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When the four walls feel like they're closing in or the weather’s too iffy to be outside, the last thing you want to hear is "Muuuum, I'm bored!". So having a little stash of craft ideas and fun indoor activities for kids can transform a dull day into a fun-packed one - and not just for the little ones.
These indoor activities for kids will suit creative children as well as mums and dads, meaning the hours will fly by for everyone. So roll up your sleeves, and enjoy!
Raid the recycling and gather newspapers and magazines. Cut out pictures of people and animals, along with outdoor scenes like grass, water, fences and fields.
Now start laying out the animals for your ‘zoo'. Get the kids to think about the kinds of habitats the animals would have - so put the hippos in pictures of water, lions in fields and so on. If you have old washing-up liquid bottles, egg boxes or cereal boxes, use them to create trees, rocks and platforms to make the zoo more three dimensional.
Once everything is laid out, get the kids to draw and cut out some signs; give your zoo a name so they can put a big sign at the entrance, then have them think about the kinds of signs you might see, such as ‘Penguin enclosure' or ‘Elephant feeding at 3pm'. Place them around the zoo. Once it's complete, invite dolls and action figures inside for a tour! You could even invite friends for a virtual visit via Facetime or Zoom!
Grab old socks and all the craft goodies you have - wool, pom-poms, googly eyes, pieces of felt or coloured cardboard. Now make some funny little characters: pan scourers can makes great hair, wool makes perfect whiskers, beads and buttons work well for eyes and so on.
Help kids think of different animals and characters they like: for example, long socks make great elephants, while an ugly-seeming brown sock can be transformed into a cute giraffe if they cover it in orange felt shapes.
And even better, once created, they can be kept for future rainy days, when they can put on a sock-puppet play.
Not only will this keep the kids occupied, but they’ll make you lunch too! Use ready-made pizza bases, then raid the fridge for their favourite toppings.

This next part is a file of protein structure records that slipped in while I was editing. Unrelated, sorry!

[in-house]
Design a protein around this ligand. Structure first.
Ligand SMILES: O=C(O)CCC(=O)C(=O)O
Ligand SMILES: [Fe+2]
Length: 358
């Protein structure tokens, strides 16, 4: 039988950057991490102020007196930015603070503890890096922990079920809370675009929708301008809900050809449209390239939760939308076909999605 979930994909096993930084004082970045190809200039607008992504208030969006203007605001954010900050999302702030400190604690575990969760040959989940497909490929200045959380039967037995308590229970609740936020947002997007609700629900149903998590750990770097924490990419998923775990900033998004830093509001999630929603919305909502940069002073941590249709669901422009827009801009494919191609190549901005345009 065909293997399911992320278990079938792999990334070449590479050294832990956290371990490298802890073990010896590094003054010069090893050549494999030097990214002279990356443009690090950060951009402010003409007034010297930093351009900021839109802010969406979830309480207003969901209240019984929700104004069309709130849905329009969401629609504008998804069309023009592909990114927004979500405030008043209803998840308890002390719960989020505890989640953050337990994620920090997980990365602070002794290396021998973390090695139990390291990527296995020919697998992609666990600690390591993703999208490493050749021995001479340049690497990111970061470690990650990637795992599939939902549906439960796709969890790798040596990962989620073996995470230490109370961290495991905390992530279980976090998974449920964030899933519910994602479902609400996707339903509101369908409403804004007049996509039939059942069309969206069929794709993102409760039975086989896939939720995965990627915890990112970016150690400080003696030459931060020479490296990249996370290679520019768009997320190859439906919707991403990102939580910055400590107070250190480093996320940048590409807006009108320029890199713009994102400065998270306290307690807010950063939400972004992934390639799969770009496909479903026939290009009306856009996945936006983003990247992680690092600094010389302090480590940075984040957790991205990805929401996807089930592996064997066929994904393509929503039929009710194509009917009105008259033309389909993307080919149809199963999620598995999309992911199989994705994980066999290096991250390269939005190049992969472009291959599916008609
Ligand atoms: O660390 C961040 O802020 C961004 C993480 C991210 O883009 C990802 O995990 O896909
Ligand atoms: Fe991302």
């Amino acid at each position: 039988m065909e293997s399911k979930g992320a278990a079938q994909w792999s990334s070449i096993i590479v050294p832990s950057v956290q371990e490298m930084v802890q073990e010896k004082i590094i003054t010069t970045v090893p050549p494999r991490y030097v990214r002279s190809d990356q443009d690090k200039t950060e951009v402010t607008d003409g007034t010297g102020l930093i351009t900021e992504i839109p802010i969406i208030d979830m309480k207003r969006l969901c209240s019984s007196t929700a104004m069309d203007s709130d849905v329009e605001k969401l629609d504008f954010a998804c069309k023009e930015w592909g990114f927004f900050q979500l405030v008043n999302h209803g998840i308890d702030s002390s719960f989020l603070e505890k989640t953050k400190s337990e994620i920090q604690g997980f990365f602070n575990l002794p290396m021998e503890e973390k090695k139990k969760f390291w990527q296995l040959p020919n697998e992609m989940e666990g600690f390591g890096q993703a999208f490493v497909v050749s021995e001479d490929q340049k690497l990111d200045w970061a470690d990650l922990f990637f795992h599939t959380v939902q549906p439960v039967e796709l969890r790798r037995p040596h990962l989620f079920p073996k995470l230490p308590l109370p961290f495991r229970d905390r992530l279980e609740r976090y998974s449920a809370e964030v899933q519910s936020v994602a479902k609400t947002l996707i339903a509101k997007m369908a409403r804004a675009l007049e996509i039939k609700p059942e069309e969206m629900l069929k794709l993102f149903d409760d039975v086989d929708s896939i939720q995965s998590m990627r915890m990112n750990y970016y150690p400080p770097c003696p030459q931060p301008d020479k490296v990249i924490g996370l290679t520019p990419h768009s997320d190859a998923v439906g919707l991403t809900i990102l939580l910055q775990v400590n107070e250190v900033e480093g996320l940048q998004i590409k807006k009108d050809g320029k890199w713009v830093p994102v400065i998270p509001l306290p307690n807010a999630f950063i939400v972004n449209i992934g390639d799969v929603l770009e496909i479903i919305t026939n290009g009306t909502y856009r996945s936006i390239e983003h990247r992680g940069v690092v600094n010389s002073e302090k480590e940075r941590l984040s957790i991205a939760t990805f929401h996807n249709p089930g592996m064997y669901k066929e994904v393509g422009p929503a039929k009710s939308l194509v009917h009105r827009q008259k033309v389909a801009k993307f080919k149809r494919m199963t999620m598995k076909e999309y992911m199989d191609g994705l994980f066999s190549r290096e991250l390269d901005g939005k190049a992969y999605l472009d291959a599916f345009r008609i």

If they're old enough, have them help you slice tomatoes, mushrooms, peppers and olives and grate cheese. Younger ones can tear mozzarella and rip up basil leaves and pieces of ham or cooked chicken.
Get them to squeeze and spread some tomato puree, then add their toppings creatively - they can make faces or pretty patterns. Transfer to a baking tray and bake for about 10 minutes in a hot oven, or until the base is browned and the cheese bubbling.
And why not make some mini dessert pizzas too? Get the kids to top pitta breads with chocolate spread and sliced banana and berries (or other fruit of their choice).
Get a stack of plain paper and sit in a circle. Hand each person a sheet and hold it so you can't see each other's paper. You're going to take it in turns to draw different body parts, then fold the paper down so nobody can see what you've drawn and pass it on.
First everyone draws a hat at the top of the page, then folds down the paper and passes it on. Next, draw a face down to the neck and fold the paper again, leaving the very bottom of the neck showing so the next person knows where to start their lines.
Pass it on, continuing with the torso, then down to the ankles, and finally the feet. Pass the paper one last time, then take it in turns to reveal the crazy people you've collectively drawn - the results are usually pretty funny!
Get the kids to think about fun ways to draw - they can draw men, women, characters or animals. You could end up with the crown of a king, the face of a pig, the body of a bird and a pair of knobbly knees - the sillier the better. Kids will happily play this for hours, and at the end you can create your own crazy gallery.